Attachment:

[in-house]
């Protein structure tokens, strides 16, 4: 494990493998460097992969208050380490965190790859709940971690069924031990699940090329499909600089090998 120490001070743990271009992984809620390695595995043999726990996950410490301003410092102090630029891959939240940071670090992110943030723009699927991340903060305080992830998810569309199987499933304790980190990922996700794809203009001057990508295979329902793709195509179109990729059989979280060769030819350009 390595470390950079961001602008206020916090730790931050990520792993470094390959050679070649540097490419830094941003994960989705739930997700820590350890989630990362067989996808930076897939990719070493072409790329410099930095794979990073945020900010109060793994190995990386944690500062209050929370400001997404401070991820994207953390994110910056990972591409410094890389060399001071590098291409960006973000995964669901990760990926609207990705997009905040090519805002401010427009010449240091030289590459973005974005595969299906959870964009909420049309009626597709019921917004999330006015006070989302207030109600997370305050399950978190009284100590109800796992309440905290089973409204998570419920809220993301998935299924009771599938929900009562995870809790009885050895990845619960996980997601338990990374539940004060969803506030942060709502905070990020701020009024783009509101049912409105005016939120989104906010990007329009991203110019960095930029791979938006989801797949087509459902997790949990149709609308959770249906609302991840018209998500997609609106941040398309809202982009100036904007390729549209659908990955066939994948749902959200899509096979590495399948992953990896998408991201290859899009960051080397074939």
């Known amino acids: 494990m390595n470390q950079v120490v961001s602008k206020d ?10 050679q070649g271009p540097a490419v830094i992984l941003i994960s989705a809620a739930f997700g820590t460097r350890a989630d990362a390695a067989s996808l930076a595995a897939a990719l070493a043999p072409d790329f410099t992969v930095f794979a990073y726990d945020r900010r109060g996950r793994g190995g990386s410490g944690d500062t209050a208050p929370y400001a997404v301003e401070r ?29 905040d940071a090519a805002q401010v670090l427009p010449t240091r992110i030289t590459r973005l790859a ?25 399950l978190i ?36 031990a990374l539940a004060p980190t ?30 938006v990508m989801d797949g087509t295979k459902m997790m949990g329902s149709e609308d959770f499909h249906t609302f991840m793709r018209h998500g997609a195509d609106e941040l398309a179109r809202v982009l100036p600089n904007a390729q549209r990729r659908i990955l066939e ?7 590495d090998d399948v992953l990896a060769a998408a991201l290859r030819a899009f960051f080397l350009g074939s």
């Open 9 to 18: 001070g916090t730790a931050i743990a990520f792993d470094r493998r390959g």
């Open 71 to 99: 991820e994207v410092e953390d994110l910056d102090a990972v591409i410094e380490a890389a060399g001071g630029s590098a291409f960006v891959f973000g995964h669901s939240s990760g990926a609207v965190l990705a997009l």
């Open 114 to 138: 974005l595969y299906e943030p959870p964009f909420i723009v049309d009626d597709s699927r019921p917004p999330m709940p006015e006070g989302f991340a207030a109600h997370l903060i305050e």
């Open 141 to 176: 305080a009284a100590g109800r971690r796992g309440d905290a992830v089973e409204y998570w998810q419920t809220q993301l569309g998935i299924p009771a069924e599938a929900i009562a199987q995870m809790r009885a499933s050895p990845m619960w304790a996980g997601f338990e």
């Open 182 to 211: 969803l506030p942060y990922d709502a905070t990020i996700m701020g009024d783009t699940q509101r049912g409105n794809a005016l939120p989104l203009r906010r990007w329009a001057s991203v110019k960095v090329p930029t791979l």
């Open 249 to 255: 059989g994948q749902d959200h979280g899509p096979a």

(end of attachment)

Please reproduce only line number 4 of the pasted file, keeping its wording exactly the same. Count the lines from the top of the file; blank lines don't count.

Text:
């Open 9 to 18: 001070g916090t730790a931050i743990a990520f792993d470094r493998r390959g």